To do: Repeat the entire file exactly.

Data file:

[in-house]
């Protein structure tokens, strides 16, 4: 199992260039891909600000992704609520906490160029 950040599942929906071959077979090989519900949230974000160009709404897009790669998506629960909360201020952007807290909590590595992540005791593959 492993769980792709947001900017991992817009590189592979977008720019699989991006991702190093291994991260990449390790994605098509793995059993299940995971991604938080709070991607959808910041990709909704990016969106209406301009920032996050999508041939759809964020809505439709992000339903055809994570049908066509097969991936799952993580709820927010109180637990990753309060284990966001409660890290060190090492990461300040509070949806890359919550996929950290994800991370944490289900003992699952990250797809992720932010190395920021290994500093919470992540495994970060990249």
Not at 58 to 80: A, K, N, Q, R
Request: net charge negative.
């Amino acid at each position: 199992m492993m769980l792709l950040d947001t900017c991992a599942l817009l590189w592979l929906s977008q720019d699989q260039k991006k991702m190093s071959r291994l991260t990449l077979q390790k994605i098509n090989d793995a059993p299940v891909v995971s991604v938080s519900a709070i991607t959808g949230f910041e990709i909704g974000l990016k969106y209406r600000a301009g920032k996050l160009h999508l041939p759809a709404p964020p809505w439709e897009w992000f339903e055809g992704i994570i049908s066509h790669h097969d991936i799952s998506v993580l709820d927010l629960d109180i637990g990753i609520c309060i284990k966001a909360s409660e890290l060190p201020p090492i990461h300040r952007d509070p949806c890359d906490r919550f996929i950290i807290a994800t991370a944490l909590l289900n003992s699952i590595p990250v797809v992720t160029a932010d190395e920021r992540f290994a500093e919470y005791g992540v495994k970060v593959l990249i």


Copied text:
[in-house]
């Protein structure tokens, strides 16, 4: 199992260039891909600000992704609520906490160029 950040599942929906071959077979090989519900949230974000160009709404897009790669998506629960909360201020952007807290909590590595992540005791593959 492993769980792709947001900017991992817009590189592979977008720019699989991006991702190093291994991260990449390790994605098509793995059993299940995971991604938080709070991607959808910041990709909704990016969106209406301009920032996050999508041939759809964020809505439709992000339903055809994570049908066509097969991936799952993580709820927010109180637990990753309060284990966001409660890290060190090492990461300040509070949806890359919550996929950290994800991370944490289900003992699952990250797809992720932010190395920021290994500093919470992540495994970060990249």
Not at 58 to 80: A, K, N, Q, R
Request: net charge negative.
């Amino acid at each position: 199992m492993m769980l792709l950040d947001t900017c991992a599942l817009l590189w592979l929906s977008q720019d699989q260039k991006k991702m190093s071959r291994l991260t990449l077979q390790k994605i098509n090989d793995a059993p299940v891909v995971s991604v938080s519900a709070i991607t959808g949230f910041e990709i909704g974000l990016k969106y209406r600000a301009g920032k996050l160009h999508l041939p759809a709404p964020p809505w439709e897009w992000f339903e055809g992704i994570i049908s066509h790669h097969d991936i799952s998506v993580l709820d927010l629960d109180i637990g990753i609520c309060i284990k966001a909360s409660e890290l060190p201020p090492i990461h300040r952007d509070p949806c890359d906490r919550f996929i950290i807290a994800t991370a944490l909590l289900n003992s699952i590595p990250v797809v992720t160029a932010d190395e920021r992540f290994a500093e919470y005791g992540v495994k970060v593959l990249i």